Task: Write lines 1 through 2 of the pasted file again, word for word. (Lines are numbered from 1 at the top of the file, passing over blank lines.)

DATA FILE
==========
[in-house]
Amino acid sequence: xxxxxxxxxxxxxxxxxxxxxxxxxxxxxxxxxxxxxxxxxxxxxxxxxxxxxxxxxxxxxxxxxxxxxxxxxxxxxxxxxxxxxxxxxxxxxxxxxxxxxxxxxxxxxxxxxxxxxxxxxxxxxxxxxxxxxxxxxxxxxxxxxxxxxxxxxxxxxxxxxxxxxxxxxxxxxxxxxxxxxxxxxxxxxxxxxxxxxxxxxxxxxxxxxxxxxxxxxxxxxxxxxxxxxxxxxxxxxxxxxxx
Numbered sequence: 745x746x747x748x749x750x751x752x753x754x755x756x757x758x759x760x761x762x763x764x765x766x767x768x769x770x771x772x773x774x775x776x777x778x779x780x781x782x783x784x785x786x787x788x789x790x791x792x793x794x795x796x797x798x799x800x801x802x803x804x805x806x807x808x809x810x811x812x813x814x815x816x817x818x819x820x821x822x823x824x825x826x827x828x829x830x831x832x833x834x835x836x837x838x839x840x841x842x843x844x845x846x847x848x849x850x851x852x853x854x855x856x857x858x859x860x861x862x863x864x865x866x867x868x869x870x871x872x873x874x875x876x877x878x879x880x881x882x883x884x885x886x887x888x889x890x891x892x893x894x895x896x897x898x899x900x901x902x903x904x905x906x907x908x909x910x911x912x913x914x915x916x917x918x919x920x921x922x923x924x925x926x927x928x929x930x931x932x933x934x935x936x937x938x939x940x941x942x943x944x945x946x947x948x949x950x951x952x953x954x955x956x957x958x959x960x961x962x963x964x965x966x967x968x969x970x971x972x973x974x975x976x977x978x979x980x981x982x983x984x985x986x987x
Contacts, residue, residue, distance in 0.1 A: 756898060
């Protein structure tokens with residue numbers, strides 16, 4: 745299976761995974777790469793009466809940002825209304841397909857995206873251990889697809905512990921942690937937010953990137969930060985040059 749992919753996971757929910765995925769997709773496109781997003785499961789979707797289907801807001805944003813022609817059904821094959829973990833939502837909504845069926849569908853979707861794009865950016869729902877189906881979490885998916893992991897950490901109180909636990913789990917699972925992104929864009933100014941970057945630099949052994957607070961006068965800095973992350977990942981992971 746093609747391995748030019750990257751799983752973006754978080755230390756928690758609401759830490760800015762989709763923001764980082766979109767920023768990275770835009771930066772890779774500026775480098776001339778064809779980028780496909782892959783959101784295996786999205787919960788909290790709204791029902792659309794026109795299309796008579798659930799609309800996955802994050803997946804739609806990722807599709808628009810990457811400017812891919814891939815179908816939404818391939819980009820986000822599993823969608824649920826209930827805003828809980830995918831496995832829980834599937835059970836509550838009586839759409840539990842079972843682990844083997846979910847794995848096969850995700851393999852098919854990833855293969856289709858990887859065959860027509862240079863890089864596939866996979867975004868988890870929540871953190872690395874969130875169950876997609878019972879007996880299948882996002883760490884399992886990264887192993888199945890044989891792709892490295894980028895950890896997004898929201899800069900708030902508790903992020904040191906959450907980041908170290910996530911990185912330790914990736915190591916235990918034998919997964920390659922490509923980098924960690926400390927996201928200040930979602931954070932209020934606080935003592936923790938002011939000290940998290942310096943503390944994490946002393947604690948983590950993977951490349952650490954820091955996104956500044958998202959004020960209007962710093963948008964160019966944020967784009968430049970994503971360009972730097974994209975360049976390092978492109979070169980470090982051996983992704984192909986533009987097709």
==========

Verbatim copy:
[in-house]
Amino acid sequence: xxxxxxxxxxxxxxxxxxxxxxxxxxxxxxxxxxxxxxxxxxxxxxxxxxxxxxxxxxxxxxxxxxxxxxxxxxxxxxxxxxxxxxxxxxxxxxxxxxxxxxxxxxxxxxxxxxxxxxxxxxxxxxxxxxxxxxxxxxxxxxxxxxxxxxxxxxxxxxxxxxxxxxxxxxxxxxxxxxxxxxxxxxxxxxxxxxxxxxxxxxxxxxxxxxxxxxxxxxxxxxxxxxxxxxxxxxxxxxxxxxx